Mike Francesa

One of the funniest things in sports radio may be when WFAN host Mike Francesa stumbles across something he doesn’t really understand and tries to make sense of it on air. We’ve seen it before when he tried to have the St. John’s men’s soccer coach explain the game to him during the 2014 World Cup, when callers got him talking about pro wrestling and Matt Saracen’s draft prospectswhen he got confused by New York City FC’s name, when he spent eight minutes complaining about Sports Illustrated‘s “Summer of Soccer” cover, when he tried to discuss “Oriental” band The Slants, and perhaps in the greatest one of all, when he couldn’t figure out if a Mets’ injury was a new report or an old report.

The latest entry in this series involves Francesa trying to explain how nude photos of Tiger Woods wound up “on an internet,” wondering why anyone would take nude photos in the first place, debating if nude photos are a publicity scam, and wondering what the difference is between ESPN The Magazine’s Body Issue and nude photos. Here’s the clip, from @BackAftaThis, the artist formerly known as Funhouse:

“Tiger Woods had nothing to do with this. This came off Lindsey Vonn’s phone is the story. He didn’t have anything to do with it, but there was a photo of him in there. So the bottom line is, he let her take a picture of him naked, okay, that’s his prerogative, that’s his business, but it wound up, which he wasn’t happy about, on an internet. So now, if you’re interested in what Tiger Woods looks like naked, you can go find him. Be my guest. If that’s what, you know, makes your day, go ahead, have fun. How about that.”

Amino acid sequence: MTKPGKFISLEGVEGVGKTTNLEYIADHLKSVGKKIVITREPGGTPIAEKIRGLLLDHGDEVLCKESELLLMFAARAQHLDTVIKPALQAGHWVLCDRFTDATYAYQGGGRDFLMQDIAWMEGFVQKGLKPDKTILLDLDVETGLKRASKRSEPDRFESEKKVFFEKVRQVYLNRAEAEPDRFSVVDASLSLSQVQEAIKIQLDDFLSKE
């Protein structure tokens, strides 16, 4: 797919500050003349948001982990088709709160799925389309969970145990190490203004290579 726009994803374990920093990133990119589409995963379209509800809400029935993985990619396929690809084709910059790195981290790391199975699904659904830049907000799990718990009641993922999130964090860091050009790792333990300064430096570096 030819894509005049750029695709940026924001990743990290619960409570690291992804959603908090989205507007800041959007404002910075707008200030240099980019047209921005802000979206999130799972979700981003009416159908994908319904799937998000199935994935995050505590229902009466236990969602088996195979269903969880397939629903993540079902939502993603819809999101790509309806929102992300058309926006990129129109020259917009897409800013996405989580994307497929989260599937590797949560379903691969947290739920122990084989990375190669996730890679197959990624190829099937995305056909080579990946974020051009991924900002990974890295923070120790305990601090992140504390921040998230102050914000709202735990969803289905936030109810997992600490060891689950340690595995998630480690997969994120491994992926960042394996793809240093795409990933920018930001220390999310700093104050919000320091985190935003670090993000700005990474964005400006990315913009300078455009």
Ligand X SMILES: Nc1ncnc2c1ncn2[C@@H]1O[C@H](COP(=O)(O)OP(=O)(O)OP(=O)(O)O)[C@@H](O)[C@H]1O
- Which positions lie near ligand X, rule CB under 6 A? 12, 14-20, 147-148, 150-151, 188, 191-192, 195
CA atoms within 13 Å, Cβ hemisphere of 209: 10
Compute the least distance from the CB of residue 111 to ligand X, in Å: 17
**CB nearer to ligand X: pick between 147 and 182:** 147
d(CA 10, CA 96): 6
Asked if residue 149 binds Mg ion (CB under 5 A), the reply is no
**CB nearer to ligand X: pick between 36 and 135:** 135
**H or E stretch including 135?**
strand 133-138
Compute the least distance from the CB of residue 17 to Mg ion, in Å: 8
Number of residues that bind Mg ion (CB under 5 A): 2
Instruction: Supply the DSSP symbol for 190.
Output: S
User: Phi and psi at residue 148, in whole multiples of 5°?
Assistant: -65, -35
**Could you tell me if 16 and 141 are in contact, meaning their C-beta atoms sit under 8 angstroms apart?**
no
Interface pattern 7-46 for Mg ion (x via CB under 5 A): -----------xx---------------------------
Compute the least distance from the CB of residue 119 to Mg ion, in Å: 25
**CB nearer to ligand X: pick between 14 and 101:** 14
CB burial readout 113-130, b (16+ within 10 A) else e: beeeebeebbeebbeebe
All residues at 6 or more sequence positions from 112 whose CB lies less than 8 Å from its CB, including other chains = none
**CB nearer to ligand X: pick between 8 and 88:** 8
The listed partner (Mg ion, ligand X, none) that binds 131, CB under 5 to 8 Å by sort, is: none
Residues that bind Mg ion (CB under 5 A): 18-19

“But, if you notice, I’m always very skeptical of this stuff from the standpoint of the young lady, because why does it keep happening? If they wanted to protect themselves, they wouldn’t take the photos. They all take the photos, and then they get hijacked. But how come they take them?”

Francesa’s producer, Brian Monzo, interjects with “I think they take them to send them to people.” Francesa has quite the response:

“Why? Why would you be transmitting naked photos of yourself? What is the point? If you notice, these actresses all wind up with naked photos of themselves somewhere, so it seems to be kind of a rite of passage for these actresses for this to happen. So I’m a little skeptical. I think, when someone’s maybe, you know, not in the public eye, this is how they get themselves back in the public eye.”

“And I’m not talking about Tiger here. This has nothing to do with Tiger. Tiger didn’t do this, Tiger just happened to be in one of the photos, that’s all, or two of the photos, or I don’t know how many photos. There might be more than two, I’m gathering there’s a couple. I don’t know.”

Monzo says “There’s 43,” and Francesa goes “Oh, there’s 43? Okay, there’s 43 photos. I had no idea how many photos there were, so whatever. But hadn’t Lindsey Vonn already been in a photoshoot before? Hadn’t she done a photoshoot before that? I thought she did a photoshoot for ESPN or something?” Monzo says “I think that was for the Body magazine (Actually, it was the 2016 Sports Illustrated Swimsuit Edition), which is not…” and Francesa cuts him off with “Right, she was naked in that too, right?” Monzo says “Right, but you couldn’t see anything.” Francesa says “Okay, so now you can see her private parts. Huh. Well, okay. Well, if that’s what you want to do, go do it! What can I tell you?”

That is quite the take from Francesa on a number of fronts, first wondering why anyone would take and or send nude photos, then theorizing that subjects of leaks like Vonn want those photos leaked, and then failing to understand the difference between a photo shoot she posed for with the intention of it being public and private photos she didn’t want distributed. Tune in next time for another edition of “Mike Francesa Doesn’t Explain It All.”

[@BackAftaThis on Twitter]

About Andrew Bucholtz

Andrew Bucholtz is a staff writer for Awful Announcing.